Ms Chiloane asked whether these mentioned employees were still in the employ of the DCS.

Mr Modise responded that he could not say for certain whether these people were still employed by the DCS, but the indication was that the investigations were still continuing.

The Chairperson asked the Commissioner why he did not know whether these people were employed by the DCS or not. That was not satisfactory, as these people might be in the Departments of Education or Agriculture by now. As a part of next week’s meeting, it must be shown where these people were, and when they had left.

Ms Chiloane said that when compiling the requested list, it should include where these people were, as these people could be in a private partnership making use of the skills that had been given to them by government. She referred to item 43 on page 94 with regard to employees in the service of the DCS, whose close family members or partners had had private business interests in contracts awarded by the DCS, and asked why these employees had failed to disclose those interests as required by the National Treasury regulations.

The Chairperson suggested that this specific issue be dealt with next week when the Committee and the Commissioner were better equipped to engage on it intelligently.

Ms Chiloane said that in terms of the findings of the AG for the 2012/13 financial year, the same findings had also been highlighted in the 2013/14 year under review. They showed that the DCS was failing to enforce compliance with rules and regulations. She asked how the Commissioner had allowed this to happen.

Mr Modise responded that the AG had found that a number of rules and regulations had not been complied with. This had been seen, for instance, in procurement where the DCS had failed to obtain the required three quotations. This was what the DCS was trying to rid itself of. It was true that a number of rules that had been set by the DCS itself had not been complied with, and that was why it had been said earlier that the commitment of the entire leadership was needed in order to root out this non-compliance in the DSC. That was why the DCS had been rebuilding all of its assurance units. Compliance with the DCS’s own rules and regulations was number one priority, and that was why a Chief Director of Internal Control and compliance had been appointed and structures put in place to ensure compliance with rules and regulations. The DCS was going to ensure that a full risk assessment was done of the DCS to ensure that there was improvement. It was true that there had not been improvement for a number of years, and that was why the DCS was present this morning to answer on the non-compliance issues that had had disastrous results for the DCS.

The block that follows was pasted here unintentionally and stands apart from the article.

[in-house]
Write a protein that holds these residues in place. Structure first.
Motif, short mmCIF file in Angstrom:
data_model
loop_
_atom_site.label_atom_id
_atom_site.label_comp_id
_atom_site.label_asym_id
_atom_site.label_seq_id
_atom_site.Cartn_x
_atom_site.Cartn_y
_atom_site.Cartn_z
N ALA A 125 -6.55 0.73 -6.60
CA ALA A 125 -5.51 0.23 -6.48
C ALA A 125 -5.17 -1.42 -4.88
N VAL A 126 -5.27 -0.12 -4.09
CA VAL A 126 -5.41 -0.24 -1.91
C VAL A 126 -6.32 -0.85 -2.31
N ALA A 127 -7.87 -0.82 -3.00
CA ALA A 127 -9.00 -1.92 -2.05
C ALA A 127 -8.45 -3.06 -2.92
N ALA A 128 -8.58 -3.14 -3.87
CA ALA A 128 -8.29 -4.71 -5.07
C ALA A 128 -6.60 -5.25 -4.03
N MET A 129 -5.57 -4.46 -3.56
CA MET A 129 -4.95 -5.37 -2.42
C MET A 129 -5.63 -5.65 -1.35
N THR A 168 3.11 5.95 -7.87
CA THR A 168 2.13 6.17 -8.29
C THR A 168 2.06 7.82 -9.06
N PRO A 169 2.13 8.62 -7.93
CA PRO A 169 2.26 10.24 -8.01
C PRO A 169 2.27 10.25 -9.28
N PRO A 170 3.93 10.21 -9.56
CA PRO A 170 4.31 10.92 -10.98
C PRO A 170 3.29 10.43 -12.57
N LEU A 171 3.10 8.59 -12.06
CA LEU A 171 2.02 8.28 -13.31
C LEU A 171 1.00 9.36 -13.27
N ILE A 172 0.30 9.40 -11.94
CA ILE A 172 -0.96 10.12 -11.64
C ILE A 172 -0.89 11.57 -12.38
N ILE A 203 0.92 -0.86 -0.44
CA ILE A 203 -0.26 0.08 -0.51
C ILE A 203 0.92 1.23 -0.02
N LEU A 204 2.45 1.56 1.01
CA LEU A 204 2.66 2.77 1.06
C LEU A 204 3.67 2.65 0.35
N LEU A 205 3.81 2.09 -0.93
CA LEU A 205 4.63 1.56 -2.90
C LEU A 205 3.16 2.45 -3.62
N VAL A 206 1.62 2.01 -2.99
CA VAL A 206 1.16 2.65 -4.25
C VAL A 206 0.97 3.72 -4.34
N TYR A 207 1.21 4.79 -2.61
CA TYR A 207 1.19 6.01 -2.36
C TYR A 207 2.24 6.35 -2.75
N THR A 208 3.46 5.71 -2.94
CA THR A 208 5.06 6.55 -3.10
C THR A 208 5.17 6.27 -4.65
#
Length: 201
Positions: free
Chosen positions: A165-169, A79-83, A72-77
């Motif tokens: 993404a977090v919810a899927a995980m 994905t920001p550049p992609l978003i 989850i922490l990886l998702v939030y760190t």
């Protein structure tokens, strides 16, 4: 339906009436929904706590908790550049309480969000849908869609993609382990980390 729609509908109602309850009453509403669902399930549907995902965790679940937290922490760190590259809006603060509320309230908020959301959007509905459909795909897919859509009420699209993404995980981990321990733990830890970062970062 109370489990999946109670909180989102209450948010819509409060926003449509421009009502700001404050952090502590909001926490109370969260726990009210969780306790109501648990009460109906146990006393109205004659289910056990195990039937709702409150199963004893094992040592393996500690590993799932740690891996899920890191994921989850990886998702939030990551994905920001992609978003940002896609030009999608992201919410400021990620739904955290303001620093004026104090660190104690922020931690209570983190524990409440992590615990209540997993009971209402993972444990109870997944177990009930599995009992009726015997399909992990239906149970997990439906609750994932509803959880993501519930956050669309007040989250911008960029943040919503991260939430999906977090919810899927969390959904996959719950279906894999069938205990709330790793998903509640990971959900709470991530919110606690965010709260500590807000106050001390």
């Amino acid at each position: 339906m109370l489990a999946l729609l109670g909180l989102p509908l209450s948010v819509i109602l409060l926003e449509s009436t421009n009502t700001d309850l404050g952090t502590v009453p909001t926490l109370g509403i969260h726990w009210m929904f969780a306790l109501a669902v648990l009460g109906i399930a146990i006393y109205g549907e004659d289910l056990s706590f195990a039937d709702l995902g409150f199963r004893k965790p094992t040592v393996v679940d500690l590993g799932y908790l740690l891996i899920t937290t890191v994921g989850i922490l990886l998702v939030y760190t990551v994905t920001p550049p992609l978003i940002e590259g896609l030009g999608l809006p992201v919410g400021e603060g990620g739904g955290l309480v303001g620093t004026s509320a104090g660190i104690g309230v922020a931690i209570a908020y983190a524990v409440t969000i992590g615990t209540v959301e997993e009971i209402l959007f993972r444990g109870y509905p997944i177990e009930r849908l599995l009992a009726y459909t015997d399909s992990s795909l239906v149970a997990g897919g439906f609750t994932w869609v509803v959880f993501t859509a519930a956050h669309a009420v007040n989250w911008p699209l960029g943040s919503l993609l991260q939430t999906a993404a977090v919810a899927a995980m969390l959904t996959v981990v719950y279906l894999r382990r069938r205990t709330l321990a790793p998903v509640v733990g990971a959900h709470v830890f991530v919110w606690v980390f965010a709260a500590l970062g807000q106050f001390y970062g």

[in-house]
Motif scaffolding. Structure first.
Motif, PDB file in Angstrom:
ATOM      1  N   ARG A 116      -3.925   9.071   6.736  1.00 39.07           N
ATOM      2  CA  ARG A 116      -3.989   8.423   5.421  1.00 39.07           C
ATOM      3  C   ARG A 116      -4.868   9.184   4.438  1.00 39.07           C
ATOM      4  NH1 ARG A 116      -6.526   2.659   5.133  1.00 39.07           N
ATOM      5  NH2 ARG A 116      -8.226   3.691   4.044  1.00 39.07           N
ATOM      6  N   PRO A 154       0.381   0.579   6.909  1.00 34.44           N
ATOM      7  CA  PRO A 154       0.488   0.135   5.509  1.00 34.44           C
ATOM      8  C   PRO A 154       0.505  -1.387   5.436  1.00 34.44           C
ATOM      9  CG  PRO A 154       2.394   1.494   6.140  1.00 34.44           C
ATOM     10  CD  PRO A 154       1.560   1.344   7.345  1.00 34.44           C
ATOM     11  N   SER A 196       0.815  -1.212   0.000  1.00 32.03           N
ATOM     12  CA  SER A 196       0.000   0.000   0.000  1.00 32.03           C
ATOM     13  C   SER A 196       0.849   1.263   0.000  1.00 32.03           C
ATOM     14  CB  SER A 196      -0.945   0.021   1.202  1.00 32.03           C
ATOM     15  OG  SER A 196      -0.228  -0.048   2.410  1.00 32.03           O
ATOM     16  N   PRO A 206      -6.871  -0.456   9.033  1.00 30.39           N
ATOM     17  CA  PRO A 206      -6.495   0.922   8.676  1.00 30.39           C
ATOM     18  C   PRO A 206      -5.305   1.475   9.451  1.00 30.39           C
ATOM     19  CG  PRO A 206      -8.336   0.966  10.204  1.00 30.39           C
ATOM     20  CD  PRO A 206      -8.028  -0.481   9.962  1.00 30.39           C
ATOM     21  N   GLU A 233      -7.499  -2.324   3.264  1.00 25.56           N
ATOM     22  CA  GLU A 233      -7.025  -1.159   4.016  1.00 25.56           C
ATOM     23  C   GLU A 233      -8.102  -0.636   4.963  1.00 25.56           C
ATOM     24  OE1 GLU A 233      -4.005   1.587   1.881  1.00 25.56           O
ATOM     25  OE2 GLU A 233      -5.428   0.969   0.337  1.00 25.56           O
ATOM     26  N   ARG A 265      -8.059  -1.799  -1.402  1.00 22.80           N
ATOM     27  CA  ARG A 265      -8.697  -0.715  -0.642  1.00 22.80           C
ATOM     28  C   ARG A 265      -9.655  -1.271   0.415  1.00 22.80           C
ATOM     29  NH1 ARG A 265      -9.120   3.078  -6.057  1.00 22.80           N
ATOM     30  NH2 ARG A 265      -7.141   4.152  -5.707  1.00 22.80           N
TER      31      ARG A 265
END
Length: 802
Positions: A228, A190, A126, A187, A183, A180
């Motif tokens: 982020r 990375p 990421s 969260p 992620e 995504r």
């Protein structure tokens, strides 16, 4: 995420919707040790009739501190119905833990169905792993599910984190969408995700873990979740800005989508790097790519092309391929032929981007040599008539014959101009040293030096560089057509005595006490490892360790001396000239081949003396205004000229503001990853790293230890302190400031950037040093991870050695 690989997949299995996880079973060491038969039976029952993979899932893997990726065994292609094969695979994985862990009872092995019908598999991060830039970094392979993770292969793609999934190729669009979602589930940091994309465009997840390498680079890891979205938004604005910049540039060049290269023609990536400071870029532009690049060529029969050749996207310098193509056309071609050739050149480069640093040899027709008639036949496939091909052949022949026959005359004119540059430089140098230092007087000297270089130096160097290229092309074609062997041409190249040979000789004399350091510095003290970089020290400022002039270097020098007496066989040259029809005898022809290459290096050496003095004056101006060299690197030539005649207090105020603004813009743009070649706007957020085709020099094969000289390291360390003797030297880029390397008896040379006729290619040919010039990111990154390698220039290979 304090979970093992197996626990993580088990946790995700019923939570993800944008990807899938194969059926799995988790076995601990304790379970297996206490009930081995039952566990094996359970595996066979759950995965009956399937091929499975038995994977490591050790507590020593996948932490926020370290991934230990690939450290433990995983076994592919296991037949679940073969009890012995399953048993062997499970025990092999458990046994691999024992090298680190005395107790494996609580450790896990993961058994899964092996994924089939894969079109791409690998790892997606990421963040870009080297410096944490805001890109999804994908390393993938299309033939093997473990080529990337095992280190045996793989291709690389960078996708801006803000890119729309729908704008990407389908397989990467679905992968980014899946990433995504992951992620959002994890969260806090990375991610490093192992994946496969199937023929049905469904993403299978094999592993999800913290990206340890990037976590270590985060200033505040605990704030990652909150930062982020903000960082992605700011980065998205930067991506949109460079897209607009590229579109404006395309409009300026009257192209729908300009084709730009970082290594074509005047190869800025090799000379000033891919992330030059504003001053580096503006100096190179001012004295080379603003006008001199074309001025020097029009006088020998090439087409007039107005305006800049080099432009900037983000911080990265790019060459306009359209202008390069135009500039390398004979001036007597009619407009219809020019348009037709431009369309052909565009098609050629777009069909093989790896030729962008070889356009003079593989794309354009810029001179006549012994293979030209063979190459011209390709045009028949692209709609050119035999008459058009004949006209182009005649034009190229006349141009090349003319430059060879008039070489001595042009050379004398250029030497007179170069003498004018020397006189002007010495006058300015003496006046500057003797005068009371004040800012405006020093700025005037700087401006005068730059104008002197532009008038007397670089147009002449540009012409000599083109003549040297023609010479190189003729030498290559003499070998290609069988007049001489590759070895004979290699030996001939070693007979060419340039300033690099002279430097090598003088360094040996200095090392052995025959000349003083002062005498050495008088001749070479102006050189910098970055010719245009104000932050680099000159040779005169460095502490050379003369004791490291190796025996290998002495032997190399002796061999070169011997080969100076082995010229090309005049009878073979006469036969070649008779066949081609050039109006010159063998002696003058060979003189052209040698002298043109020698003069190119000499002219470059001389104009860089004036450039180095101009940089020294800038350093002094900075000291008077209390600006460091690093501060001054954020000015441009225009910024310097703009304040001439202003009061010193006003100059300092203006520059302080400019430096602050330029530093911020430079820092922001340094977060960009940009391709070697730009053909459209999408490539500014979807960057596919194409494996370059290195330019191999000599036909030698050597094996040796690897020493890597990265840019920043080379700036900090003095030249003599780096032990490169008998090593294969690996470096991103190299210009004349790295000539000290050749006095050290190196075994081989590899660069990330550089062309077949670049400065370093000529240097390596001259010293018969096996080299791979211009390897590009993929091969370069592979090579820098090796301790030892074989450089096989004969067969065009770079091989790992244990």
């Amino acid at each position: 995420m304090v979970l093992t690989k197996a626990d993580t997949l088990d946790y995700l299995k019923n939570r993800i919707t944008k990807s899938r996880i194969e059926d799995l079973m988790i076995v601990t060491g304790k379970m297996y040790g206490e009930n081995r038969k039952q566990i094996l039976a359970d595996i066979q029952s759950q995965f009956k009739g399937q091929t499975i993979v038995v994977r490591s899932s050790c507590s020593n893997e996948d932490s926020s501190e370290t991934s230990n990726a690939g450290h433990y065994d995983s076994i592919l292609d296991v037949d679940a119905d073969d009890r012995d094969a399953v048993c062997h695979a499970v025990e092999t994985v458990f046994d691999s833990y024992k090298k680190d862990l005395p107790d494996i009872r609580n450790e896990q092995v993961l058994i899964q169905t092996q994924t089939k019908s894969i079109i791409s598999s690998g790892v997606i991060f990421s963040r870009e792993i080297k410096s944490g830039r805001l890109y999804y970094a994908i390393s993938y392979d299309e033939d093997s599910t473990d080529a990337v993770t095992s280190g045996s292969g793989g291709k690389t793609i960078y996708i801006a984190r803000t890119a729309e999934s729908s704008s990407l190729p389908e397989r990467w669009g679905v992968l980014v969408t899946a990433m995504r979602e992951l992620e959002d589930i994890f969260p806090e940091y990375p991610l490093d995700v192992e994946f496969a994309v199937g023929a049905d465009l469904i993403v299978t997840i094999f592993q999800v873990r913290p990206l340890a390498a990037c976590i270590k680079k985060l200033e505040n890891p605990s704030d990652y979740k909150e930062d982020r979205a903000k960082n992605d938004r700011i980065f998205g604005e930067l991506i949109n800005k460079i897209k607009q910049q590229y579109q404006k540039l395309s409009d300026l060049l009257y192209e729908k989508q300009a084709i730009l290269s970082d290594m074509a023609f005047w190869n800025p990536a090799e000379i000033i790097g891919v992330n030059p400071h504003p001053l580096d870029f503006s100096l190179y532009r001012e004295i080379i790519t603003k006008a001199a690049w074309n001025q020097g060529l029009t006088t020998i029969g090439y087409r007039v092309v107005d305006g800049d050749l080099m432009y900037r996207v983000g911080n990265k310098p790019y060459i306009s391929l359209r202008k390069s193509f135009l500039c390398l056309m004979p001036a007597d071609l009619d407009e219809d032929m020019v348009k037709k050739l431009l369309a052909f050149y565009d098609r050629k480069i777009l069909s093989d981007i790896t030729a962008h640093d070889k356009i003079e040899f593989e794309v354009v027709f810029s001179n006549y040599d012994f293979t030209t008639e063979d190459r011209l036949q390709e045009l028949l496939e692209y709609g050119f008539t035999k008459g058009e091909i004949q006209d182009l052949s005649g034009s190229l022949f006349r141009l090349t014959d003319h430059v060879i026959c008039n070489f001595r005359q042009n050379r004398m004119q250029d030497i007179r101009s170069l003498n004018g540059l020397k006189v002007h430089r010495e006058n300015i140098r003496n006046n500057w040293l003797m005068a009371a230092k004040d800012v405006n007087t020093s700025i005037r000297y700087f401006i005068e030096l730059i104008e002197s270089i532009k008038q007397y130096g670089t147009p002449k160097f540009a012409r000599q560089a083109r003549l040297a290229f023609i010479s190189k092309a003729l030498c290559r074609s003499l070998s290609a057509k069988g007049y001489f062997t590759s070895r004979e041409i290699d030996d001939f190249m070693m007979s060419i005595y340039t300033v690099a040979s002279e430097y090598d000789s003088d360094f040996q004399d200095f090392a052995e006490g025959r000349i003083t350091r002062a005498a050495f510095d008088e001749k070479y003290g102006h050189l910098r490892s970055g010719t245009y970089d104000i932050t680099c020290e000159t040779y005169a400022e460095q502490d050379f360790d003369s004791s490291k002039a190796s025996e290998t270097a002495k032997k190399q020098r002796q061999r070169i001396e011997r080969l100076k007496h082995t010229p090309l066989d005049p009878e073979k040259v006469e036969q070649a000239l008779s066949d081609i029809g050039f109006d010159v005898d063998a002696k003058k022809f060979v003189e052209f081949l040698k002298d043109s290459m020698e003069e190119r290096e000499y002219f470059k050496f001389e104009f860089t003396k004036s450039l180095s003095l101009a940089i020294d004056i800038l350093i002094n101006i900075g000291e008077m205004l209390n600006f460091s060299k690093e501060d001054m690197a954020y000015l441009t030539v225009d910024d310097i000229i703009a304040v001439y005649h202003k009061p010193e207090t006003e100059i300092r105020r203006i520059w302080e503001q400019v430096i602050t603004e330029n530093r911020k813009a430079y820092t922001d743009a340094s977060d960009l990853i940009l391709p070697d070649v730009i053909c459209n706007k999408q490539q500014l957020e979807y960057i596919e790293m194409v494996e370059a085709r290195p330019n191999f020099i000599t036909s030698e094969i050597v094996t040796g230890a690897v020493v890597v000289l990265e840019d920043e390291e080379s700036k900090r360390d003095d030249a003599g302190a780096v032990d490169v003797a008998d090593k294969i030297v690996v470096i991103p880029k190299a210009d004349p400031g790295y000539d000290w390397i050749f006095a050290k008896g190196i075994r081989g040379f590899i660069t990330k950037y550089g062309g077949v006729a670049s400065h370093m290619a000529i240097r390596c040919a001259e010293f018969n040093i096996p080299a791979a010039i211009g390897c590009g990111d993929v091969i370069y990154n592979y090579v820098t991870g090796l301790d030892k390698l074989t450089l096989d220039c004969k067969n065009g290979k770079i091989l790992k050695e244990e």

Mr Booi said that “coming back next week” should not be used as an excuse, as the AO had engaged with the AG and had signed the report, so he had known what was going on. This was the tenth year that the DCS had had a disclaimer and he did not know how many more times SCOPA could hear that. It would be a dereliction of duty if SCOPA did not receive answers, because it does not know what to assist the DCS with at the moment.

The Chairperson said that “coming back next week” was not an escape clause, but merely gave SCOPA time to look at documents that had been submitted late.